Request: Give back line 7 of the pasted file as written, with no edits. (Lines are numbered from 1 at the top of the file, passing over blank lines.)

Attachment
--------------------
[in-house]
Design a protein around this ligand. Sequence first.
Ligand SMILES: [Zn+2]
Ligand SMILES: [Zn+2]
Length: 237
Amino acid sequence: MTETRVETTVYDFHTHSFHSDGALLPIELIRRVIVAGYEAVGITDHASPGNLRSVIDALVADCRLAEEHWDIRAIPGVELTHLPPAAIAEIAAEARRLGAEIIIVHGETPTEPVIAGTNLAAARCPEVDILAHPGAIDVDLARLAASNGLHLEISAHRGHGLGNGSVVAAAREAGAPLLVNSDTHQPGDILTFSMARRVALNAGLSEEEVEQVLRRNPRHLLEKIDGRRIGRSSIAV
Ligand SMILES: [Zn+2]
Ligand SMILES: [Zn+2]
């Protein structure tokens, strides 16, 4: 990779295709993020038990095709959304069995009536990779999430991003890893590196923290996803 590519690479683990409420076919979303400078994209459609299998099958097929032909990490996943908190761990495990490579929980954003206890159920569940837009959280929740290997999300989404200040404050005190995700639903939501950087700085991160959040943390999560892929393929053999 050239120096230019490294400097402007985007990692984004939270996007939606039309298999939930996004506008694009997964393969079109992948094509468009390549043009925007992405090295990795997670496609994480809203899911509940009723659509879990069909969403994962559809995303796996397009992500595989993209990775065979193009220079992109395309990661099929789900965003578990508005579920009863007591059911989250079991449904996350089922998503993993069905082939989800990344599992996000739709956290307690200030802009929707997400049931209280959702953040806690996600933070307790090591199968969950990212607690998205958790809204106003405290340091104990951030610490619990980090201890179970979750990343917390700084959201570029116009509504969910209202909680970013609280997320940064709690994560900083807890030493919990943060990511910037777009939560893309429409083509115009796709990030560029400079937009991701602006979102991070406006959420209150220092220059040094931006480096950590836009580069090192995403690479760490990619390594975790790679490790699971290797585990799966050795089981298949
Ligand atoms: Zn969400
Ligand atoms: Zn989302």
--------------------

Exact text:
Ligand SMILES: [Zn+2]